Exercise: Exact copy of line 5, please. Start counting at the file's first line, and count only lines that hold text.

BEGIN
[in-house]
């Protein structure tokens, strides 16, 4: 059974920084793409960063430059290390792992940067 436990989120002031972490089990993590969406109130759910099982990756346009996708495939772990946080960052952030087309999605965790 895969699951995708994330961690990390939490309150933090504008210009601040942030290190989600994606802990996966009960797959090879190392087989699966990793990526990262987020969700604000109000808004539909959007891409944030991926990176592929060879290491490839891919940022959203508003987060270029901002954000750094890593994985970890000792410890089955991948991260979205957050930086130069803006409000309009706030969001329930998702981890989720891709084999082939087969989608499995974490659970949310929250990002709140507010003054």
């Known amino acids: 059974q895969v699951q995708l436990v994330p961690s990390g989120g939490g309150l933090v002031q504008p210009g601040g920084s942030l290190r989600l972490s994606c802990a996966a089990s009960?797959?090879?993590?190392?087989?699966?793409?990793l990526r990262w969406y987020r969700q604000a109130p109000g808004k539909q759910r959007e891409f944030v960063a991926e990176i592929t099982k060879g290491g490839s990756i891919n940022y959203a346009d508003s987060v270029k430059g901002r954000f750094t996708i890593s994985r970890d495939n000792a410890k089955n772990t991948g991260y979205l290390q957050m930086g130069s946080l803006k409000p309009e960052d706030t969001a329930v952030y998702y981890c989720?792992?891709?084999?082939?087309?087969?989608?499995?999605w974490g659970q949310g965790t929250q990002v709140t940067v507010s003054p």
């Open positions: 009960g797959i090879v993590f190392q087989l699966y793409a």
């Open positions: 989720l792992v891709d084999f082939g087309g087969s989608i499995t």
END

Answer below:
């Open positions: 989720l792992v891709d084999f082939g087309g087969s989608i499995t």